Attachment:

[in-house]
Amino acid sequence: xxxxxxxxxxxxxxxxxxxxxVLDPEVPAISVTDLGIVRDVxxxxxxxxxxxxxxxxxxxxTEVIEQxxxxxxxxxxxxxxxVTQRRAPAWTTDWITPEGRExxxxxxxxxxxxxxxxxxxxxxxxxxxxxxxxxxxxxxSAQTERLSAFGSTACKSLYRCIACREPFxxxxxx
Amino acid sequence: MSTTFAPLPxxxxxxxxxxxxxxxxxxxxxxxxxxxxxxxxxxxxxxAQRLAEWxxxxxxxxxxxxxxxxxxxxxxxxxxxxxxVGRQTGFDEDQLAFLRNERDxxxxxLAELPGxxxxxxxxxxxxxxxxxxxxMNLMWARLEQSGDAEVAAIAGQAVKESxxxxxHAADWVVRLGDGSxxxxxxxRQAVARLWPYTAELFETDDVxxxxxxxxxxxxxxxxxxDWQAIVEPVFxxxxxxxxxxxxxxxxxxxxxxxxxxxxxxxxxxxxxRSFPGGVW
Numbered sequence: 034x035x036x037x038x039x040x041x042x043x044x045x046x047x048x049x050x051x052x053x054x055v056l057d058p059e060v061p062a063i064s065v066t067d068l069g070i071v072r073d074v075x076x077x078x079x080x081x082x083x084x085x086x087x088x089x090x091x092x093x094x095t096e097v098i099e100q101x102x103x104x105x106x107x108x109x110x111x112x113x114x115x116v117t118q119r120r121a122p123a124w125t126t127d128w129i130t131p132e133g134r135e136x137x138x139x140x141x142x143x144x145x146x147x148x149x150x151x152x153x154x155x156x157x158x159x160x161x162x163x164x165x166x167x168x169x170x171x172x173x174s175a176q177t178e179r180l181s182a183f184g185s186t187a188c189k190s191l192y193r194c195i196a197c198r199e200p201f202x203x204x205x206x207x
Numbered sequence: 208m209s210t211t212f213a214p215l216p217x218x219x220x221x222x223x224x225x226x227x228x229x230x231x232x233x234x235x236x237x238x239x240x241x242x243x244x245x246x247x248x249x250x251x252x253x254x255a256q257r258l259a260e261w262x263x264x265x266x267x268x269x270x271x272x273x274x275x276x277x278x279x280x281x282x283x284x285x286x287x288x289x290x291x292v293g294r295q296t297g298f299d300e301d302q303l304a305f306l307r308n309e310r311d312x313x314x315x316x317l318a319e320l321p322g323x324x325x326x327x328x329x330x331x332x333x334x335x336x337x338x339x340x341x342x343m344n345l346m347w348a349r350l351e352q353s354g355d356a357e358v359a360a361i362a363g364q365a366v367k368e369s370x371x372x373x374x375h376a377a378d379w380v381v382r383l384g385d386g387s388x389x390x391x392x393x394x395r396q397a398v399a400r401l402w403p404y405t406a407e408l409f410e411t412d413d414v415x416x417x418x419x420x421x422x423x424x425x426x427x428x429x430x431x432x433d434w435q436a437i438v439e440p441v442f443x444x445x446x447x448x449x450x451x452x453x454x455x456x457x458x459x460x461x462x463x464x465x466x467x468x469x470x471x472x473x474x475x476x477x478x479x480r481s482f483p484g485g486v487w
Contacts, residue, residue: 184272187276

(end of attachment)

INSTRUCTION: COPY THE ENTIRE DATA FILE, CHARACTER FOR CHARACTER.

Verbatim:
[in-house]
Amino acid sequence: xxxxxxxxxxxxxxxxxxxxxVLDPEVPAISVTDLGIVRDVxxxxxxxxxxxxxxxxxxxxTEVIEQxxxxxxxxxxxxxxxVTQRRAPAWTTDWITPEGRExxxxxxxxxxxxxxxxxxxxxxxxxxxxxxxxxxxxxxSAQTERLSAFGSTACKSLYRCIACREPFxxxxxx
Amino acid sequence: MSTTFAPLPxxxxxxxxxxxxxxxxxxxxxxxxxxxxxxxxxxxxxxAQRLAEWxxxxxxxxxxxxxxxxxxxxxxxxxxxxxxVGRQTGFDEDQLAFLRNERDxxxxxLAELPGxxxxxxxxxxxxxxxxxxxxMNLMWARLEQSGDAEVAAIAGQAVKESxxxxxHAADWVVRLGDGSxxxxxxxRQAVARLWPYTAELFETDDVxxxxxxxxxxxxxxxxxxDWQAIVEPVFxxxxxxxxxxxxxxxxxxxxxxxxxxxxxxxxxxxxxRSFPGGVW
Numbered sequence: 034x035x036x037x038x039x040x041x042x043x044x045x046x047x048x049x050x051x052x053x054x055v056l057d058p059e060v061p062a063i064s065v066t067d068l069g070i071v072r073d074v075x076x077x078x079x080x081x082x083x084x085x086x087x088x089x090x091x092x093x094x095t096e097v098i099e100q101x102x103x104x105x106x107x108x109x110x111x112x113x114x115x116v117t118q119r120r121a122p123a124w125t126t127d128w129i130t131p132e133g134r135e136x137x138x139x140x141x142x143x144x145x146x147x148x149x150x151x152x153x154x155x156x157x158x159x160x161x162x163x164x165x166x167x168x169x170x171x172x173x174s175a176q177t178e179r180l181s182a183f184g185s186t187a188c189k190s191l192y193r194c195i196a197c198r199e200p201f202x203x204x205x206x207x
Numbered sequence: 208m209s210t211t212f213a214p215l216p217x218x219x220x221x222x223x224x225x226x227x228x229x230x231x232x233x234x235x236x237x238x239x240x241x242x243x244x245x246x247x248x249x250x251x252x253x254x255a256q257r258l259a260e261w262x263x264x265x266x267x268x269x270x271x272x273x274x275x276x277x278x279x280x281x282x283x284x285x286x287x288x289x290x291x292v293g294r295q296t297g298f299d300e301d302q303l304a305f306l307r308n309e310r311d312x313x314x315x316x317l318a319e320l321p322g323x324x325x326x327x328x329x330x331x332x333x334x335x336x337x338x339x340x341x342x343m344n345l346m347w348a349r350l351e352q353s354g355d356a357e358v359a360a361i362a363g364q365a366v367k368e369s370x371x372x373x374x375h376a377a378d379w380v381v382r383l384g385d386g387s388x389x390x391x392x393x394x395r396q397a398v399a400r401l402w403p404y405t406a407e408l409f410e411t412d413d414v415x416x417x418x419x420x421x422x423x424x425x426x427x428x429x430x431x432x433d434w435q436a437i438v439e440p441v442f443x444x445x446x447x448x449x450x451x452x453x454x455x456x457x458x459x460x461x462x463x464x465x466x467x468x469x470x471x472x473x474x475x476x477x478x479x480r481s482f483p484g485g486v487w
Contacts, residue, residue: 184272187276